Did The Industry Turn Its Back On ProKid?

His talent was supreme, but Prokid’s last days on earth are said to have been sombre.



He was once the very futuristic symbol of South African Hip Hop.

But this dream, deferred, reached its end on Sunday, when the death of ProKid, real name Linda Mkhize, was confirmed. He is said to have died of seizures at a friends place.

A talented lyricist armed with a rare grasp of linguistic showmanship that enabled him to spit clean bars on cue, as well as overall lyrical virtuosity, and some superior ass writing, Prokid was tipped to be the King of local as soon as he gained prominence with Soweto. He was also a ‘Kasi storyteller’ who straddled the worlds of Hip Hop and Kwaito like none of his predecessors had dared to.

His talent continued being put on display as more singles surfaced; becoming street anthems long before SA Hip Hop had become as mainstream and as viable as it is now; Bhampa and Sekele are such standout bops in his catalogue of limited and timeless works.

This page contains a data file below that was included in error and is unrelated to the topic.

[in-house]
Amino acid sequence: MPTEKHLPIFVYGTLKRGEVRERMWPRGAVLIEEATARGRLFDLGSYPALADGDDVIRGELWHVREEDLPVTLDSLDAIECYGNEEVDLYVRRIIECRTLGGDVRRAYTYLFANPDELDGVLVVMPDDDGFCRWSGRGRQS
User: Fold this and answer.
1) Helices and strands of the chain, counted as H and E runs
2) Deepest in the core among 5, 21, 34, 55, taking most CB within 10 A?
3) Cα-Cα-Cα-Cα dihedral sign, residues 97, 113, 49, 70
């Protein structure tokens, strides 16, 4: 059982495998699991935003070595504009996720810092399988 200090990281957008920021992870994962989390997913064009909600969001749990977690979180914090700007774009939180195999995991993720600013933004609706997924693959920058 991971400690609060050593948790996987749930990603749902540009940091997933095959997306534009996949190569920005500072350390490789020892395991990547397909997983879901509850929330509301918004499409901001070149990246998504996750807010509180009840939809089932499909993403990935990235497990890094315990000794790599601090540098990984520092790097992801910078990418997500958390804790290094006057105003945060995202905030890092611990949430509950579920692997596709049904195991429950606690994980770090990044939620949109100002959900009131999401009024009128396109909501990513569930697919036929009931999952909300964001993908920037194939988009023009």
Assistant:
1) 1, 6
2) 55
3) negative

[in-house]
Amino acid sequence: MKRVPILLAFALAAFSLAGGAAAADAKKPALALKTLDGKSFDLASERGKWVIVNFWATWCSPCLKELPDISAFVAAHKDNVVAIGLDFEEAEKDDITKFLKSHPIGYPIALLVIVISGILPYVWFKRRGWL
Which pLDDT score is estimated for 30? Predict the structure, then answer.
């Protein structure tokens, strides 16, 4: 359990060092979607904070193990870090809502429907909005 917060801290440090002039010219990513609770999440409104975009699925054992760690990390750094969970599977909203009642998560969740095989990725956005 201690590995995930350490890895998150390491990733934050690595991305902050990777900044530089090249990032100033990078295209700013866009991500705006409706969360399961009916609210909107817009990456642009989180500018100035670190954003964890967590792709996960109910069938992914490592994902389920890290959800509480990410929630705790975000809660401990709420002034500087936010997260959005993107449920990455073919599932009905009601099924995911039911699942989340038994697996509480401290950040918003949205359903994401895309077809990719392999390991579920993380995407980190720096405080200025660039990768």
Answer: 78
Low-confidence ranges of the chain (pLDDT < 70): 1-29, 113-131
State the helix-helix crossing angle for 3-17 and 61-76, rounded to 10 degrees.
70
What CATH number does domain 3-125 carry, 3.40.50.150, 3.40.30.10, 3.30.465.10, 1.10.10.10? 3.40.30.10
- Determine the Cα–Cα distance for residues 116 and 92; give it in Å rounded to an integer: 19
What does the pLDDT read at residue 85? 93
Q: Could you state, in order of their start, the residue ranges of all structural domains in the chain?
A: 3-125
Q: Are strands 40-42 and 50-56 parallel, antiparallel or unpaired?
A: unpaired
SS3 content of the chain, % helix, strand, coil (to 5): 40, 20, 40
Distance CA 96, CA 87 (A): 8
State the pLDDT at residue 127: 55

This man’s talent was as undeniable as was the people’s love for him.

Yet personal accounts of his last days on earth paint a sombre picture of a man who was deeply troubled.

Amongst other things said to have had him “depressed sounding” during some of his last calls to friends, he was reportedly heartbroken by how the industry had turned its back on him. Says Zakwe, in a recent interview with TshisaLive, “…he (ProKid) was frustrated by the way the industry was treating him.”

The Hip Hop artist, who was also Pro’s close friend, also reveals in the interview that he believes Pro was “depressed.” He says Pro had called him two weeks prior to his tragic death, complaining about how no one was calling him for gigs anymore.

If it was indeed true that he battled Depression, there’s no word on what kind of care he was receiving for the debilitating mental illness.



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